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Draco in Azkaban: Two Dark H/D Fic Recs

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plant, Elskuligr
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elskuligr

Draco in Azkaban: Two Dark H/D Fic Recs

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plant, Elskuligr
It's been a while since I last wrote any review, and these days I'm in the mood for darkness...
Both stories have much in common: mood, pairing, style, characterisation, etc.
Neither of them is hugely famous, but they're still relatively well-known so I'm afraid I can't claim I've found hidden gems, but never mind!
Incidentally, the second one inspired me for my fic Better Than Expected, even though the plot is completely different. It certainly gave me a taste for depressing stories showing Harry from Draco's point of view.



Title: Dark Side of Light
Author: Maya
Status: COMPLETE
Length: Very long one-shot (it’s not chaptered, but it’s really quite long)
My opinion: Good
Genre: dark slash
Rating: R (sexual and violent contents)
Pairings: H/D
Spoilers: I guess it was written after Goblet of Fire, but it’s set after the war.
 
Author’s Summary: Maya's attempt at dialogue-only. Post-war, Draco-in-Azkaban, very dark, may be bad for your mental health.
 
Critique:
Let’s face it, I love pretty much everything written by Maya. This is one of her earlier works and not necessarily the most ambitious, so if I had to choose which of her fics is the very best, this wouldn’t be it (it would be Drop Dead Gorgeous!). That being said, it is a very good dark short-story. The plot is quite simple. The war is over, Draco is in Azkaban for his crimes and Harry is desperately lonely because pretty much all the people he cared for are dead. He comes to visit Draco several times: out of curiosity, boredom, desperation perhaps: his motivations are not all that clear at first, but we get a better sense of the situation gradually, when more information is revealed about both characters and their involvements in the war.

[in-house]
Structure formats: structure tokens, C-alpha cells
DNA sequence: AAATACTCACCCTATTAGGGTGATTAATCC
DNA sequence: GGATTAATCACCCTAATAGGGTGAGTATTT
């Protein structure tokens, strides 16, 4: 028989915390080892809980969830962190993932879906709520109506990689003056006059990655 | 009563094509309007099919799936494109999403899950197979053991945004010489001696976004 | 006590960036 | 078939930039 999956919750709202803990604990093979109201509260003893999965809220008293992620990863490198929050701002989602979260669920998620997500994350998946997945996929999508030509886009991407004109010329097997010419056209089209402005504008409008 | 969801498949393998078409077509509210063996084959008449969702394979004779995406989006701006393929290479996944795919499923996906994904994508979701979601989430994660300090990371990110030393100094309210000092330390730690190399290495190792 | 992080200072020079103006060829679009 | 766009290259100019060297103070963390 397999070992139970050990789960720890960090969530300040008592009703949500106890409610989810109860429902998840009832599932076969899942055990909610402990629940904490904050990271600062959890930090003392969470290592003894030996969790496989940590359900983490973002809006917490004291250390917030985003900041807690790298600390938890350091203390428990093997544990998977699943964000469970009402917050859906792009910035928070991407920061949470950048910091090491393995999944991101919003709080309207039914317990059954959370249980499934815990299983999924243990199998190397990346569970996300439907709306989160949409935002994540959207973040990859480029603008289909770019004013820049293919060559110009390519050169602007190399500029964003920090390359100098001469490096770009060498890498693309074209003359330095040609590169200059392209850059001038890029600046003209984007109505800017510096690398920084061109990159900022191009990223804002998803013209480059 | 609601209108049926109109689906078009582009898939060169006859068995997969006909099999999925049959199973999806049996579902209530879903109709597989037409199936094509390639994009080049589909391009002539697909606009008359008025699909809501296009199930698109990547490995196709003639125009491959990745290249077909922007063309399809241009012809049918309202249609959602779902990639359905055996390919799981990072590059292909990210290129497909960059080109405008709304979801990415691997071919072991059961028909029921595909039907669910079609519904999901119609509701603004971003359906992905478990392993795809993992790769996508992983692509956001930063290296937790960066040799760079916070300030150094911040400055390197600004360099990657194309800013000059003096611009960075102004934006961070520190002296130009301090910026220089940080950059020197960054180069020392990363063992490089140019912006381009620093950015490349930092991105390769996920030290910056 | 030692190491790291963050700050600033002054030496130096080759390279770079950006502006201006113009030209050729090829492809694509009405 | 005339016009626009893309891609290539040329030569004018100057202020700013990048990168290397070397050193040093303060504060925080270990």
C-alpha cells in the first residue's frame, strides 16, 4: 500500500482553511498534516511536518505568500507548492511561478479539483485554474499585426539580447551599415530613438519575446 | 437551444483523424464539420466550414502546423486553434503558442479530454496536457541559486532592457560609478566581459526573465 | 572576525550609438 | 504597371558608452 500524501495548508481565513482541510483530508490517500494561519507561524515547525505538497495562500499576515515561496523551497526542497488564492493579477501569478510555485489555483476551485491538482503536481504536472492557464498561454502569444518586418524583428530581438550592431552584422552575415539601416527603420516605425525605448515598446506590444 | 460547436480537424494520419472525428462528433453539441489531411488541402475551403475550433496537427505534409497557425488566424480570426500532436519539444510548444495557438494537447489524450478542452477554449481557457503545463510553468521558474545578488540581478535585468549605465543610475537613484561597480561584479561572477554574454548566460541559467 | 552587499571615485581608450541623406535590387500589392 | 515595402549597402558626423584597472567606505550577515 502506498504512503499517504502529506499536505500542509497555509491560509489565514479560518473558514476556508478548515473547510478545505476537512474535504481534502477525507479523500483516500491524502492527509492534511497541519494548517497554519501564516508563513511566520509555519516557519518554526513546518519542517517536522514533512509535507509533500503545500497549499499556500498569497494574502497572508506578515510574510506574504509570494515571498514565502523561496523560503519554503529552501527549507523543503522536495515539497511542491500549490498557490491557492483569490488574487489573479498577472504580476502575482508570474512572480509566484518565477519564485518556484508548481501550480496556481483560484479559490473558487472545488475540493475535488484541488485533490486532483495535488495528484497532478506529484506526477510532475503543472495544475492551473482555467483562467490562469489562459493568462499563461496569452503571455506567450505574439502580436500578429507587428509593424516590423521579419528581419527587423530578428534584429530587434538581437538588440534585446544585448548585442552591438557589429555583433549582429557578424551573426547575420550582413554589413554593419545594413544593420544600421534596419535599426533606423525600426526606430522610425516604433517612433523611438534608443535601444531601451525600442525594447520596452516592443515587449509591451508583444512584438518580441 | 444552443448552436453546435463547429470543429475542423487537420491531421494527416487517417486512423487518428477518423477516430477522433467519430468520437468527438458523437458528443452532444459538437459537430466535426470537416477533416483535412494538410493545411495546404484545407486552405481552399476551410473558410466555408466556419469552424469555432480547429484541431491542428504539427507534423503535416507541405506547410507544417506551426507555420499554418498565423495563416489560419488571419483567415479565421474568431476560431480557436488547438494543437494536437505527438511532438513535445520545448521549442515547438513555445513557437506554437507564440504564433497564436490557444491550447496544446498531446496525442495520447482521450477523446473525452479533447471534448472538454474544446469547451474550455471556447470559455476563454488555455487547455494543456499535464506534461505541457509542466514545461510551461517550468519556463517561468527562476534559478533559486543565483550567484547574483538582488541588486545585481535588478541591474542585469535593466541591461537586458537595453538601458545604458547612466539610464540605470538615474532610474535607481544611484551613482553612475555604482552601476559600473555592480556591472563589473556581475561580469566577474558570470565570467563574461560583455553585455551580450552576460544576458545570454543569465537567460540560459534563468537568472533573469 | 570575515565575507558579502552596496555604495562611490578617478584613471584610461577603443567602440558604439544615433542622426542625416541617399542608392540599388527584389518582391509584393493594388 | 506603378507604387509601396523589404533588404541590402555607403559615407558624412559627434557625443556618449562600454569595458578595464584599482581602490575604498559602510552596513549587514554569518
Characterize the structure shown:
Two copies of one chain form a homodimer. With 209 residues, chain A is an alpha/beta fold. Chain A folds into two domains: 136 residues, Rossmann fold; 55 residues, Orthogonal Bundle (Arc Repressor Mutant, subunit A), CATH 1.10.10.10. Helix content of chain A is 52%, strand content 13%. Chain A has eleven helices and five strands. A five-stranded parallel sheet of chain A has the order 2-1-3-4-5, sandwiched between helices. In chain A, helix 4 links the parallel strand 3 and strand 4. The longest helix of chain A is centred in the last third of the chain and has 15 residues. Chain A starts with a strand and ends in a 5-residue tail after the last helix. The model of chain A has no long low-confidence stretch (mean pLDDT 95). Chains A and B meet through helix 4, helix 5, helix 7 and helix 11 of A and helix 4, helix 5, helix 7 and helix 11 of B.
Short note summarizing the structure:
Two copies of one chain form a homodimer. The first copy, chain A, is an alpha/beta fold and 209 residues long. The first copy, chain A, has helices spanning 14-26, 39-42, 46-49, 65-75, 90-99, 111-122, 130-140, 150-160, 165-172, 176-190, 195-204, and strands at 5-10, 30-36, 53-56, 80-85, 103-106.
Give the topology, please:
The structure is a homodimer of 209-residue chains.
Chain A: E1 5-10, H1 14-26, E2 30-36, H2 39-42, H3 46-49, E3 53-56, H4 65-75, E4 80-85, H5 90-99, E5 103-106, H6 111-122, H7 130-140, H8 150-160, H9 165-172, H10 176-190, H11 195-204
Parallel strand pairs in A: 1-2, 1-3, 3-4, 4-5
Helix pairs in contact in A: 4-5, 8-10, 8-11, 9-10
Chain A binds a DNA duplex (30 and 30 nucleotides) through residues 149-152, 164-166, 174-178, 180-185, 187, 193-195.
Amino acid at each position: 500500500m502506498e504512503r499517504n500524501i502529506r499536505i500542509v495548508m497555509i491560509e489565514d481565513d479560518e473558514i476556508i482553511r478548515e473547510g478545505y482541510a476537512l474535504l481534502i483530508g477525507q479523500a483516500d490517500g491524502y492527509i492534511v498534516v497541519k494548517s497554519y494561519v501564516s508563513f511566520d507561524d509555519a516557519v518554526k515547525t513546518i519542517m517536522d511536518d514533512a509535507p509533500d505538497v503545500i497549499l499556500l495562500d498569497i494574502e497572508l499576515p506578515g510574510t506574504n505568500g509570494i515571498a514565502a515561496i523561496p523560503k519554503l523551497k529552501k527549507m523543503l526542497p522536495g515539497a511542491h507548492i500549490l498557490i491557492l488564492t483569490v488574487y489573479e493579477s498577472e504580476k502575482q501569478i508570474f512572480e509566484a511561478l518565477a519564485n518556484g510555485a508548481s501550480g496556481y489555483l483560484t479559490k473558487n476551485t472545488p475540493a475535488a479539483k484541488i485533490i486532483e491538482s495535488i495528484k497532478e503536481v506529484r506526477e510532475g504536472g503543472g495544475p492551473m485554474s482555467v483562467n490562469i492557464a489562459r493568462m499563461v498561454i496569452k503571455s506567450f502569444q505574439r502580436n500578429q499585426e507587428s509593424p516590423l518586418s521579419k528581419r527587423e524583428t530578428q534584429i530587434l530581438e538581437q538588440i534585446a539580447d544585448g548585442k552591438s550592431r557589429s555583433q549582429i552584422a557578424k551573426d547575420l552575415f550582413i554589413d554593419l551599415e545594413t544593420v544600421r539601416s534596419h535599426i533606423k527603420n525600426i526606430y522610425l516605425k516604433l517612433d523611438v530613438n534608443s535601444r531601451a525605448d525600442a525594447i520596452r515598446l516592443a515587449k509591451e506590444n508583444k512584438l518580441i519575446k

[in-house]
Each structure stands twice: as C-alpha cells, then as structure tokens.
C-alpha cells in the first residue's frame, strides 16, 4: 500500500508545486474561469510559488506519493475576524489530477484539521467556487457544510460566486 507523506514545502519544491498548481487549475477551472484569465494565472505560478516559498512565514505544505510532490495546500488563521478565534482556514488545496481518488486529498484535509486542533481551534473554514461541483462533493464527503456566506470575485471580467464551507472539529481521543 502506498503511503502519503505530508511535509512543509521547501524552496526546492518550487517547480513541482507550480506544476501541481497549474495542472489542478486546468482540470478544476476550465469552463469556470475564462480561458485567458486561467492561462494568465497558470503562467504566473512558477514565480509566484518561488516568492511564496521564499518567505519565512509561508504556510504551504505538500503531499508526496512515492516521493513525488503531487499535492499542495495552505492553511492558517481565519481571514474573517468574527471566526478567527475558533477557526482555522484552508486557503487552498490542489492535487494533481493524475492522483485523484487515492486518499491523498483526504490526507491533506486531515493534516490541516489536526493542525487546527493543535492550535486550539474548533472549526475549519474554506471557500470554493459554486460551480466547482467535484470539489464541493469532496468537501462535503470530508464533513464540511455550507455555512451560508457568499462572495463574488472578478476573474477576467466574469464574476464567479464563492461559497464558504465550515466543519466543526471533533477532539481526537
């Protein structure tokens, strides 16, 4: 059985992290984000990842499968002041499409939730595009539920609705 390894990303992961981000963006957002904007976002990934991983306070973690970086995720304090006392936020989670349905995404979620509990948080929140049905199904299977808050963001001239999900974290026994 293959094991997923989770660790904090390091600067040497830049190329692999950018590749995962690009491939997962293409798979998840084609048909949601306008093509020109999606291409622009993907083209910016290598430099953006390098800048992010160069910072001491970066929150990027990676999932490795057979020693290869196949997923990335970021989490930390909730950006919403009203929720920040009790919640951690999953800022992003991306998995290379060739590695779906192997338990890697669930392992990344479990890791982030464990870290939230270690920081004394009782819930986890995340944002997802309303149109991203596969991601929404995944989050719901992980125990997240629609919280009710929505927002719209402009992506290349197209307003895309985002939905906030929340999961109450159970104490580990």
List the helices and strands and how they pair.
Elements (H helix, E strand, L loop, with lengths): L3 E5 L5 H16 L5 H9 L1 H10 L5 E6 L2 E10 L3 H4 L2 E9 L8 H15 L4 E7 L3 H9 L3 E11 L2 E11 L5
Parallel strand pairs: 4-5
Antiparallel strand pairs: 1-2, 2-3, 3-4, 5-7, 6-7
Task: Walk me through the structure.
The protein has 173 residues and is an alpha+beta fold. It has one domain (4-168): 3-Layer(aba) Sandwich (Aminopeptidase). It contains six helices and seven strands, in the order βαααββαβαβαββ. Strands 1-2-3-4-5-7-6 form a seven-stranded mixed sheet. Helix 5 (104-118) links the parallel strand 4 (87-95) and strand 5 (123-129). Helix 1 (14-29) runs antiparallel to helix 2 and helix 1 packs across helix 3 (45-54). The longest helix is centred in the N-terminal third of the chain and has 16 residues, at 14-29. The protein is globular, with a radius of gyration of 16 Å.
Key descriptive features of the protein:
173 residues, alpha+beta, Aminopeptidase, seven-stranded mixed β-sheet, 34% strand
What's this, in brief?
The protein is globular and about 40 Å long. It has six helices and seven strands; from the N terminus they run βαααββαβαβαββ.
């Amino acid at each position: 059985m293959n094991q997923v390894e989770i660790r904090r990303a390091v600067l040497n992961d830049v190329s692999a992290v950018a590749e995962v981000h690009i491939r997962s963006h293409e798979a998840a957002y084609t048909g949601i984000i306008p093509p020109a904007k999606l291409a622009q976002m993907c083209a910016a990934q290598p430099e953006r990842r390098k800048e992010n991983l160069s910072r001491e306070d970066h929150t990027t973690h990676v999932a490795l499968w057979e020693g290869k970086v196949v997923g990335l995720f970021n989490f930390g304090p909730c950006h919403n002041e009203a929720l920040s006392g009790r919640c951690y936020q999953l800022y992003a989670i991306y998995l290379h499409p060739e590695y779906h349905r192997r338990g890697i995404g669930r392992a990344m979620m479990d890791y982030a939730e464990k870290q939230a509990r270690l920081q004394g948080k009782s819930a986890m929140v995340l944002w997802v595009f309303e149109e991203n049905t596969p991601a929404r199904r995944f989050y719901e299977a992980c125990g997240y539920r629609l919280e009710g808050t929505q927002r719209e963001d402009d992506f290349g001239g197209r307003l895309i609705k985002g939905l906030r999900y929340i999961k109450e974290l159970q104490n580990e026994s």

The fact that most of the story is made of dialogue between these two characters gives it the peculiar atmosphere of a minimalist play: two characters, one room and a lot of nasty things lurking in the background. The writing is not flawless: the handling of emotions in particular is much less subtle than in Maya’s later works. Still, its darkness is oddly compelling. The unstoppable movement from really bad to perhaps not quite so awful and then suddenly to unthinkable horror is rather enjoyable for those with an inclination for tragedy (in the broad sense of the word).
All in all, if you enjoy depressing dark stories and don’t mind slash, you will love it. If it’s not the case, you should probably stay well away from it, and from the other rec below as well.
 
 
Where to find it: Lasair and Maya’s old website, http://www.lasairandmaya.com/DSOL.html Maya has planned to take all her fics off the internet in the near future (autumn 2008) so it might not stay there forever, not to mention the site is moribund anyway.
 

 
 Title:
As Time Unfolds Us: A Memoir
Author: Agnes Bean
Status: COMPLETE
Length: 14 parts, all visible on the same very long web page.
My opinion: Very Good
Genre: dark slash
Rating: R (sexual and violent contents)
Pairings: H/D
Spoilers: Written after Half-Blood Prince
 
Summary: Basically, Snape and Draco Malfoy help Harry Potter escape from Voldemort and Malfoy ends up being a “guest” at the Order’s Headquarters. He has not turned to the side of light, but he has asked for asylum after fleeing from Voldemort. The author provides no summary, but the incipit is quite telling: “If you are reading this, you probably already know about me. You probably think this is a ploy to entice you with some heartbreaking sob story about all the bad things I went through, to make you realise that I‘m just ‘misunderstood’. It’s not.”
 
Critique:
This is the perfect follow-up from Half-Blood Prince, at least from my admittedly biased point of view. It shows much insight into the characters of Severus Snape and Draco Malfoy, and into where their loyalties lay (indeed, quite a few of the author’s guesses were confirmed by Deathly Hallows). In general, I like the character of Draco Malfoy, but nothing annoys me more than a story trying to pretend he just needs a hug to be nice and happy. The character described here has a part of darkness and is certainly not blameless, but he is not a monster either. You could say the story plays with the distant possibility of redemption before crushing it ruthlessly.
The choice of writing the story as an autobiography proves very successful. The narrator’s hindsight allows him to drop ominous statements here and there about the future, and his restraint let the feelings show without forcing them onto the reader. If there is one thing I’m not too fond of in that story, it’s the slashy passages: they’re not too too long, but they have more explicit details than I usually care to know about. Then again, it’s part of the attraction of the story that you can guess strong and varied emotions behind what could, on the surface, be mistaken as a mere sexual fling.
This story has much in common with the one above and will appeal to the same kind of people: if you love dark stories that leave you gutted, this is for you!
 
 
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